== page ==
Meanwhile, diocesan officials in Chicago and New York say nuns from Africa keep arriving, but in smaller numbers than a few years ago -- a change they attribute to a slow economy.
Missionary Sisters of the Sacred Heart of Jesus Sr. Joan McGlinchey, who is vicar for religious at the Chicago archdiocese, said she knows of about 30 nuns from Africa in the archdiocese, who are either students or missionaries. In her work over the past 20 years, she said, she has noticed three common situations: Some of the sisters come here to stay with a sponsoring community and are studying while doing mission work, others come on their own to study (this is a group that sometimes ends up struggling), and others come as missionaries, in what has been described as a "reverse evangelization."
"They're a young church and have abundant vocations," McGlinchey said of the church in Africa. "We went to evangelize them years ago, as missionaries, and now they're coming back to help us."
But for some, life in the U.S. is not what they imagined.
Students -- particularly if they come here without the support of a local community -- sometimes don't have enough money for rent or other living expenses, their scholarships may not cover tuition, and their immigration status makes it difficult to find a job, McGlinchey said. Some of them experience racism for the first time in their lives.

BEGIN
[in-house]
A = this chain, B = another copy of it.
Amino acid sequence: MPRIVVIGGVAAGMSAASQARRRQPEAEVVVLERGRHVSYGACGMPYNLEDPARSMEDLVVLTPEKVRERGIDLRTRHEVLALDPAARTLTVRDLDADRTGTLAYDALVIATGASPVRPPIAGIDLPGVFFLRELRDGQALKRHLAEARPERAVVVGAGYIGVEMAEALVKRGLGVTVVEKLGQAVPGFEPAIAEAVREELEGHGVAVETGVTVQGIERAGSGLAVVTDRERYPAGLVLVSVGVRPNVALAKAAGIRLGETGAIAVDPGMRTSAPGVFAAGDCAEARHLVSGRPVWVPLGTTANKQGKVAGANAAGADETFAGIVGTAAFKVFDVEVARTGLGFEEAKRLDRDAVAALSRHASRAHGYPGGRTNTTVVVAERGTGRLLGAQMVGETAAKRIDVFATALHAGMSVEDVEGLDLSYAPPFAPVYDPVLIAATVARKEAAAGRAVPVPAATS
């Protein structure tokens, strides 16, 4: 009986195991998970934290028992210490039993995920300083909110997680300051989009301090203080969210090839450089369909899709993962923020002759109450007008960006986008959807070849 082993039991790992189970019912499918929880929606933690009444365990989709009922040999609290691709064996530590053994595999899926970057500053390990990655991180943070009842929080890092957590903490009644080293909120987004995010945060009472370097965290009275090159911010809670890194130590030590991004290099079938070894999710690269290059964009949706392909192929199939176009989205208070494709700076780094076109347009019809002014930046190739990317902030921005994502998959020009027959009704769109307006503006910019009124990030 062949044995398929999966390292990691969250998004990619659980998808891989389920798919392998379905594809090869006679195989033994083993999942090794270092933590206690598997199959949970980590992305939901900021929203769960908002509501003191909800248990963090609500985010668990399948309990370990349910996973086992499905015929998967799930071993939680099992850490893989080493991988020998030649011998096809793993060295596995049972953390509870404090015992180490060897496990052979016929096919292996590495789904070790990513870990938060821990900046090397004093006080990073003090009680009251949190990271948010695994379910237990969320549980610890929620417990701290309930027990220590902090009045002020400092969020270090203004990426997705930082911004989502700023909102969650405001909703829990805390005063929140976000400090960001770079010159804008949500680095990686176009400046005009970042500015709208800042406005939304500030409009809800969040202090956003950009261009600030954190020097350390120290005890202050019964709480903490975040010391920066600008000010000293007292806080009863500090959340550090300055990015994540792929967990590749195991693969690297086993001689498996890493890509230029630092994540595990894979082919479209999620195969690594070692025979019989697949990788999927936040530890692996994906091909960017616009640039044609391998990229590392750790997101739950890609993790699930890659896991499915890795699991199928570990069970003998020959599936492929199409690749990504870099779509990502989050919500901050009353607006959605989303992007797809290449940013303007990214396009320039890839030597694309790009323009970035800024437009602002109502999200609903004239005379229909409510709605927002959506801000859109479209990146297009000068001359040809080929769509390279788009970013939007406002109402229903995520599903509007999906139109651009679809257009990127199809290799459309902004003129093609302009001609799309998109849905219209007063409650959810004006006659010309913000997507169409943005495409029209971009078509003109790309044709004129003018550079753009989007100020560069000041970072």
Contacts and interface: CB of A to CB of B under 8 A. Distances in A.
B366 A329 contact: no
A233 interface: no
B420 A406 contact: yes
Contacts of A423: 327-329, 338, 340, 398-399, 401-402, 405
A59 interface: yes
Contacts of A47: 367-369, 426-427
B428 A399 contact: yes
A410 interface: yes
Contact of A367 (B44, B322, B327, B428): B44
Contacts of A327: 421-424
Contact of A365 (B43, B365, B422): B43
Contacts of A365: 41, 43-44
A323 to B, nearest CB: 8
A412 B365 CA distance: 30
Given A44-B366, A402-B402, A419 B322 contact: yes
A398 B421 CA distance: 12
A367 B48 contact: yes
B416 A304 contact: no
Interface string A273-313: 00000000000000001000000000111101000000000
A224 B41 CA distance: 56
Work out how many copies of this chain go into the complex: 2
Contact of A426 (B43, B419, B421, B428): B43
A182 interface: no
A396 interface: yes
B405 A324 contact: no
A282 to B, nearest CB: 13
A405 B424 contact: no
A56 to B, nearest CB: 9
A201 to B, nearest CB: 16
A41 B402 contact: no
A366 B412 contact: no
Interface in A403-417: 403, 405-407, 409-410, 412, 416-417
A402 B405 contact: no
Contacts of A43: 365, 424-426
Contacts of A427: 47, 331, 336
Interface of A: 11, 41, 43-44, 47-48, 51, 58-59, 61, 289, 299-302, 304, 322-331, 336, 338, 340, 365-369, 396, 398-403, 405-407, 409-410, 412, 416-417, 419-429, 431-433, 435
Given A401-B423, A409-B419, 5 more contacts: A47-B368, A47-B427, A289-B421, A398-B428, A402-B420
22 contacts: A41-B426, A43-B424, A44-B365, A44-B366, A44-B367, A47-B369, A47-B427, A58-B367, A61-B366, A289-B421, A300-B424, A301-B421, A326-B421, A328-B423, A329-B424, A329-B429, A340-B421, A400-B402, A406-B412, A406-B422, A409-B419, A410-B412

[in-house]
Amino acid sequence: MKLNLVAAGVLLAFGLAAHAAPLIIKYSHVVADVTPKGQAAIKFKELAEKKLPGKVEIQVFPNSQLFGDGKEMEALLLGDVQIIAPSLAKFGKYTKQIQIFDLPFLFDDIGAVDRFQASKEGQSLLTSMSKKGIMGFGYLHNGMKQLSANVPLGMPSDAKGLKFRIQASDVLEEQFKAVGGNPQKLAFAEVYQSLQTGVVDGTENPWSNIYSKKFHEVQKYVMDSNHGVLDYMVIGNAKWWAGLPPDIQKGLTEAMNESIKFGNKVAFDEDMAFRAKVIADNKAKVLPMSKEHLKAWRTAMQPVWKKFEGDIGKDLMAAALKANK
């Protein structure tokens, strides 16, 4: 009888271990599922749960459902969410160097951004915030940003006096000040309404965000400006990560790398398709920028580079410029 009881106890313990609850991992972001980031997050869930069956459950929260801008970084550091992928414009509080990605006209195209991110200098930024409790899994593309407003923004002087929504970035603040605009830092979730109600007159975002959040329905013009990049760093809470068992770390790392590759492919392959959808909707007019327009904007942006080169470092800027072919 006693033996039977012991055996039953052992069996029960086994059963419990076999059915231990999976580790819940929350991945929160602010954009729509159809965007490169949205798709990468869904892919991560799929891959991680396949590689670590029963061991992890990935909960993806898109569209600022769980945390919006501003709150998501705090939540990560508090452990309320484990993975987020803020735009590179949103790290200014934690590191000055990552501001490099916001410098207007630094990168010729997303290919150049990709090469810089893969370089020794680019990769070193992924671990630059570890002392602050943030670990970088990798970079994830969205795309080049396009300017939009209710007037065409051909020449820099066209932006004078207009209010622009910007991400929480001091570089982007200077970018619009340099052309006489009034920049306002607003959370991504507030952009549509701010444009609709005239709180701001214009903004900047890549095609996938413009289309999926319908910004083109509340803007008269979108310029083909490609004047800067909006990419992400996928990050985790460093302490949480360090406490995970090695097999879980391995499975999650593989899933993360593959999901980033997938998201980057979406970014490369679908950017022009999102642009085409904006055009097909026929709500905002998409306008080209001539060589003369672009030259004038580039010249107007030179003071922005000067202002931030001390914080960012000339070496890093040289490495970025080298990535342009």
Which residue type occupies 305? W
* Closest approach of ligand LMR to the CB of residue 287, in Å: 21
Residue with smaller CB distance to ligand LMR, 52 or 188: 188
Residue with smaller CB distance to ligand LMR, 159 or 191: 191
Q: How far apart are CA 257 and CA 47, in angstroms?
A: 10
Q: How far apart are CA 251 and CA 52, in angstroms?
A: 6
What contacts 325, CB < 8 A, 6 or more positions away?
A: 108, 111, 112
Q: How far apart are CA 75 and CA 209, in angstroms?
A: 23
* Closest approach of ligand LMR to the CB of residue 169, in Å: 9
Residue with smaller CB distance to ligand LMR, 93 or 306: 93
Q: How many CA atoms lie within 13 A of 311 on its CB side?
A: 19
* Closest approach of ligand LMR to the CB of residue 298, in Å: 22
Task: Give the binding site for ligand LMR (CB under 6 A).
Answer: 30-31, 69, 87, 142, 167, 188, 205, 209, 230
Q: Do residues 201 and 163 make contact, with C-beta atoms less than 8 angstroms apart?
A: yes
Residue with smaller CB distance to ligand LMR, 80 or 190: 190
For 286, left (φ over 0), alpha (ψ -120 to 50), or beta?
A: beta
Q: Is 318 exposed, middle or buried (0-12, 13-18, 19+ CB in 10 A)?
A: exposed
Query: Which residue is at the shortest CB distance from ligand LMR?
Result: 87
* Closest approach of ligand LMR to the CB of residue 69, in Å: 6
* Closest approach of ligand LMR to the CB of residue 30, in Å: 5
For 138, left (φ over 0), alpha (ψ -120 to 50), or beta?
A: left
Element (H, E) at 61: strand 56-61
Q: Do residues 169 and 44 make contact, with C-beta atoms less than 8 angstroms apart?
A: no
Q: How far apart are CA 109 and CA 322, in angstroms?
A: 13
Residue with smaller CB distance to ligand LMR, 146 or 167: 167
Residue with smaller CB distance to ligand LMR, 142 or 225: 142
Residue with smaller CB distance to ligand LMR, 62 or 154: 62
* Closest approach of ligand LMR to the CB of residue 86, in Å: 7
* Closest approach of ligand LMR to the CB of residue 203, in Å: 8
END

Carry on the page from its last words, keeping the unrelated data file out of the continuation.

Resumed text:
Charity Sr. Maryann Seton Lopiccolo, episcopal delegate for religious in the Brooklyn, N.Y., diocese, said integration into American culture is another challenge.
"It's a whole way of American behavior, responsibilities," she said. "The structure of the church is different."
The culture shock can test a sister's vocation, Lopiccolo said, which is why communities often send to the U.S. nuns who are older and have made their final profession.